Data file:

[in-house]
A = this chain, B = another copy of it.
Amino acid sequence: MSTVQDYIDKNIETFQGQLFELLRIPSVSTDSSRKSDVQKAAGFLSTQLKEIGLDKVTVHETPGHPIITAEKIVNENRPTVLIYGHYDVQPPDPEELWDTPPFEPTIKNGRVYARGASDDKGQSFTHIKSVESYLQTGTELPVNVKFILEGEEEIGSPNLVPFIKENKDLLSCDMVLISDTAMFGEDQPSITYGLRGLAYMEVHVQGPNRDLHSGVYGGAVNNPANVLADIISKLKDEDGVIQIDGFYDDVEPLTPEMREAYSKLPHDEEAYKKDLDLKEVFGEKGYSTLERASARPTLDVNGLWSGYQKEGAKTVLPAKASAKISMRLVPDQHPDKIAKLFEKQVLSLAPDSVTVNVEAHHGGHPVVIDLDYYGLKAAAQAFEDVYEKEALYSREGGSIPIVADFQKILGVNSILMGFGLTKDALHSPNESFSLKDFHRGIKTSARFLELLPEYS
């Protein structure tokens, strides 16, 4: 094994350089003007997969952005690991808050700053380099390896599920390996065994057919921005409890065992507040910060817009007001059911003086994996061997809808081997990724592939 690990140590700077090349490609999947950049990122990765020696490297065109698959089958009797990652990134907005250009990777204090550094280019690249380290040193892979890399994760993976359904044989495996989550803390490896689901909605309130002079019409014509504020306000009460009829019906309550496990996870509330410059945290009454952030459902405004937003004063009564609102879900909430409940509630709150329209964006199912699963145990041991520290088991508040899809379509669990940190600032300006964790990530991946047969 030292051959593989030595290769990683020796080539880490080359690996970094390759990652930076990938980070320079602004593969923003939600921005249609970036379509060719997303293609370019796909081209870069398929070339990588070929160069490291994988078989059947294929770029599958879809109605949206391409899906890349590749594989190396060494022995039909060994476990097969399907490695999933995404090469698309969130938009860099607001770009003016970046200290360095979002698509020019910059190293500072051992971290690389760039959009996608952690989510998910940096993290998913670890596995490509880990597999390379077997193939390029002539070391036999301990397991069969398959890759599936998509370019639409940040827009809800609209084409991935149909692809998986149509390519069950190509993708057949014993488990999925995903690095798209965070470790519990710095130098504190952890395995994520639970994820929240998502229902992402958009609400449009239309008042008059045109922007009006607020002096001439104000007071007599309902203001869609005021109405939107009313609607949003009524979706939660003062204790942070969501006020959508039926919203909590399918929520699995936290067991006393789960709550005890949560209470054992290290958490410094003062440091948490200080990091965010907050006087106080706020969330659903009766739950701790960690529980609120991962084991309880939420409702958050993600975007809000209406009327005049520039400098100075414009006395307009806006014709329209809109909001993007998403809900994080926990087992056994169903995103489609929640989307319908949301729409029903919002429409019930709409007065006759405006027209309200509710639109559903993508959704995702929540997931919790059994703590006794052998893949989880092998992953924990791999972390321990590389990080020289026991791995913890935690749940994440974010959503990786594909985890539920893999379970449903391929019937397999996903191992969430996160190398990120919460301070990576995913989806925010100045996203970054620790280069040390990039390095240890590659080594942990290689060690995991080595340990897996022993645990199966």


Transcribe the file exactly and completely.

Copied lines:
[in-house]
A = this chain, B = another copy of it.
Amino acid sequence: MSTVQDYIDKNIETFQGQLFELLRIPSVSTDSSRKSDVQKAAGFLSTQLKEIGLDKVTVHETPGHPIITAEKIVNENRPTVLIYGHYDVQPPDPEELWDTPPFEPTIKNGRVYARGASDDKGQSFTHIKSVESYLQTGTELPVNVKFILEGEEEIGSPNLVPFIKENKDLLSCDMVLISDTAMFGEDQPSITYGLRGLAYMEVHVQGPNRDLHSGVYGGAVNNPANVLADIISKLKDEDGVIQIDGFYDDVEPLTPEMREAYSKLPHDEEAYKKDLDLKEVFGEKGYSTLERASARPTLDVNGLWSGYQKEGAKTVLPAKASAKISMRLVPDQHPDKIAKLFEKQVLSLAPDSVTVNVEAHHGGHPVVIDLDYYGLKAAAQAFEDVYEKEALYSREGGSIPIVADFQKILGVNSILMGFGLTKDALHSPNESFSLKDFHRGIKTSARFLELLPEYS
């Protein structure tokens, strides 16, 4: 094994350089003007997969952005690991808050700053380099390896599920390996065994057919921005409890065992507040910060817009007001059911003086994996061997809808081997990724592939 690990140590700077090349490609999947950049990122990765020696490297065109698959089958009797990652990134907005250009990777204090550094280019690249380290040193892979890399994760993976359904044989495996989550803390490896689901909605309130002079019409014509504020306000009460009829019906309550496990996870509330410059945290009454952030459902405004937003004063009564609102879900909430409940509630709150329209964006199912699963145990041991520290088991508040899809379509669990940190600032300006964790990530991946047969 030292051959593989030595290769990683020796080539880490080359690996970094390759990652930076990938980070320079602004593969923003939600921005249609970036379509060719997303293609370019796909081209870069398929070339990588070929160069490291994988078989059947294929770029599958879809109605949206391409899906890349590749594989190396060494022995039909060994476990097969399907490695999933995404090469698309969130938009860099607001770009003016970046200290360095979002698509020019910059190293500072051992971290690389760039959009996608952690989510998910940096993290998913670890596995490509880990597999390379077997193939390029002539070391036999301990397991069969398959890759599936998509370019639409940040827009809800609209084409991935149909692809998986149509390519069950190509993708057949014993488990999925995903690095798209965070470790519990710095130098504190952890395995994520639970994820929240998502229902992402958009609400449009239309008042008059045109922007009006607020002096001439104000007071007599309902203001869609005021109405939107009313609607949003009524979706939660003062204790942070969501006020959508039926919203909590399918929520699995936290067991006393789960709550005890949560209470054992290290958490410094003062440091948490200080990091965010907050006087106080706020969330659903009766739950701790960690529980609120991962084991309880939420409702958050993600975007809000209406009327005049520039400098100075414009006395307009806006014709329209809109909001993007998403809900994080926990087992056994169903995103489609929640989307319908949301729409029903919002429409019930709409007065006759405006027209309200509710639109559903993508959704995702929540997931919790059994703590006794052998893949989880092998992953924990791999972390321990590389990080020289026991791995913890935690749940994440974010959503990786594909985890539920893999379970449903391929019937397999996903191992969430996160190398990120919460301070990576995913989806925010100045996203970054620790280069040390990039390095240890590659080594942990290689060690995991080595340990897996022993645990199966």